Sunday, 4 November 2012

A Mystery Solved.

 Red Admiral Noushka Dufort

The secrets of the Painted Lady (PL) have been unveiled, until now it was never known where  they went to in the autumn and the big discovery is, that just like its close relation the Red Admiral it makes its return journey to Africa at the end of summer. 

Through more than 60,000 public sightings during 2009, plus scientific and research studies, it was discovered that the PL did migrate south each autumn, but made the journey at high altitude out of observer views on the ground. When the PL's select the right conditions radar records showed that the average southbound altitude was at 500m whilst clocking speeds of up to 30mph. Findings have also revealed that this butterfly undertakes the truly staggering round trip from Tropical Africa to the Arctic Circle, a journey totalling 9,000 miles which represents almost double the length of the famous migrations of the Monarch butterfly in North America.

What is brought to light here is that this tiny creature weighing less than a gram, a brain no bigger than a pinhead, and with no opportunity to learn from experience, undertakes an epic migration in order to find plants for its caterpillars to feed on, a combination of observer, scientific, and modern technology have shown this butterfly to be a truly sophisticated traveller. 

As noted in my post on Sunday about this amazing creature, the PL entered the UK in the spring of 2009 to reach a total of around 11 million, the figure leaving the UK in the following autumn is said to be that of 26 million. The man in the street, the scientists, and researchers with 21st century technology, gathered the evidence they needed to uncover the long standing puzzle of what exactly happened to the PL at the end of summer in the UK, and furthering the proof that migrant insects amaze as they are capable of carrying out the most remarkable journeys. 

Once thought to be at the mercy of the wind and into a dead end in the lethal British winter, the Painted Lady has now revealed what an extraordinary butterfly it really is.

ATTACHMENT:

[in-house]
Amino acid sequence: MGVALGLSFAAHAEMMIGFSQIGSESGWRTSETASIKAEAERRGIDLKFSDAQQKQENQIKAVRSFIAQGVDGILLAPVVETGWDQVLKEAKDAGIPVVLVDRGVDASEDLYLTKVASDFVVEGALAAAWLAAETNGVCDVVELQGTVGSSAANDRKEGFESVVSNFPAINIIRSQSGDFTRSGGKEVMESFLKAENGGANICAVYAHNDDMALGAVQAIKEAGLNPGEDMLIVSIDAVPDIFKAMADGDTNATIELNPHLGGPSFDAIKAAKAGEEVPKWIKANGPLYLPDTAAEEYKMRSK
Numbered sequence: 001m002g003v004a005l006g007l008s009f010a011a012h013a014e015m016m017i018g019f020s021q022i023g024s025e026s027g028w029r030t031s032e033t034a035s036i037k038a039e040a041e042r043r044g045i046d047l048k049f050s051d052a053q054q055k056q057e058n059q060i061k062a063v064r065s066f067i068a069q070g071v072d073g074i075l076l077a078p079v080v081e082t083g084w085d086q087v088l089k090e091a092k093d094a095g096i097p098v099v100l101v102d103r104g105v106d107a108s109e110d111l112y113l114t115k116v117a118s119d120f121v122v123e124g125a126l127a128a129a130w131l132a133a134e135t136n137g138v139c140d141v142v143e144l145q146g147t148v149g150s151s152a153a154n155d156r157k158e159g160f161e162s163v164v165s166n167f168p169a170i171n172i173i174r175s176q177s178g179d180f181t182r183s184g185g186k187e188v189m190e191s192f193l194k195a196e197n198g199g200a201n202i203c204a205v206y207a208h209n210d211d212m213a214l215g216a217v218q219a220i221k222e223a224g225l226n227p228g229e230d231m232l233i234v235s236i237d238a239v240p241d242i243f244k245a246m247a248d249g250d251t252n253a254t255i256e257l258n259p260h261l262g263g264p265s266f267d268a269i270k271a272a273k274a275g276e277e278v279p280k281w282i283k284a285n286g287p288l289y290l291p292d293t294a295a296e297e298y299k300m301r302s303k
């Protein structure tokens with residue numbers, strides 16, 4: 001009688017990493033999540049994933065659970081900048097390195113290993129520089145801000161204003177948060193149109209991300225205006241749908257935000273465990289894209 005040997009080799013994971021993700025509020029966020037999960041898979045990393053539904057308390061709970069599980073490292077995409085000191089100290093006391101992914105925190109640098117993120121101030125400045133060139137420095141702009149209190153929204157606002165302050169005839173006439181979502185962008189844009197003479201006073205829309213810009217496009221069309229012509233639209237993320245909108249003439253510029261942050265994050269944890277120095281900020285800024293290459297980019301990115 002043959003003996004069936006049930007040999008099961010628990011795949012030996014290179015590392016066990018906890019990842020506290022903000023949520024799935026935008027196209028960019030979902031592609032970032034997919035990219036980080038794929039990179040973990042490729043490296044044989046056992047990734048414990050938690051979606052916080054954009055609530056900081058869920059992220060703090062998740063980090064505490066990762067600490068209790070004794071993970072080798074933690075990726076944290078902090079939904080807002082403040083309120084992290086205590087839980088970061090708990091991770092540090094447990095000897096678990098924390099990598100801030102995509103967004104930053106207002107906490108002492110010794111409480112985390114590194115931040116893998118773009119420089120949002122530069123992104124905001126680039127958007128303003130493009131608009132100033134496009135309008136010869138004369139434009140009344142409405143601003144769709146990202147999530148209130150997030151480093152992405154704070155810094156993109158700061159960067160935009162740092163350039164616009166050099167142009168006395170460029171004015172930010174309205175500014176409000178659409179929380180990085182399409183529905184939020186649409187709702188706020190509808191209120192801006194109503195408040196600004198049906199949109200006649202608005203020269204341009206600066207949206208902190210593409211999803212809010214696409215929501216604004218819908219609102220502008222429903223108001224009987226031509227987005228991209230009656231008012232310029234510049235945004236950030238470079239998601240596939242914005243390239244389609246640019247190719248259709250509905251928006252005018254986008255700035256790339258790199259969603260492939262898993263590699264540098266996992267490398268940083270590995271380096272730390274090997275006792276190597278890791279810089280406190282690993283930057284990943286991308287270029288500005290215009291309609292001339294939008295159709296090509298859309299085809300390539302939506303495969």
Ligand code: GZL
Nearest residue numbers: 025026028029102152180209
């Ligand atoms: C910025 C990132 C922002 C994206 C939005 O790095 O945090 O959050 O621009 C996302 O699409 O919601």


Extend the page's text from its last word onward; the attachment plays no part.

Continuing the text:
With the appalling weather of 2012 in the UK it will be a different story than that told about the amazing 11 million invasion of Painted Lady's in 2009....and many other species too I imagine.


Bearded Tit Marc Heath

If we're going to end with a pic it has to be this one of the Bearded Tit - though shouldn't it be called the Moustached Tit - star birds of Leighton Moss RSPB Reserve in Lancashire. But this one has arrived here from Kent via the internet....Thanks Marc, a brilliant image, much appreciated and thanks for getting in touch recently.

Another MEGA.

Spanish Sparrow Ana Minguez

A Spanish Sparrow was found today in a garden at Newchurch on the Isle of Wight. Thanks for the image of your very own Spanish Sparrow in Spain Ana....much appreciated. 

I'D SOONER BE BIRDING....Tomorrow with any luck!


Warren Baker said...

Yep, a truly amazing tale Pete. Dont forget we not only get lethal winters, but summers that are almost as bad!

Adam said...

I love the colors of the first bird

Noushka said...
This comment has been removed by the author.
Noushka said...

Ok, I was trying to to put up a straight link to a post of mine for the Painted Lady, it didn't work out!
As I said, a very interesting post about a gorgeous butterfly!
Thanks for choosing one of my butterflies!
Here is the URL to pictures of this beauty, in case:
Cheers my friend, keep well!

Pete Woodruff said...


Noushka....Its for me to thank you for allowing me to use your images. If only I'd have found the brilliant one earlier which you pointed me to.

Ana Mínguez Corella said...

Beautiful post. Congrat.. Cheers!!!.. ;-)))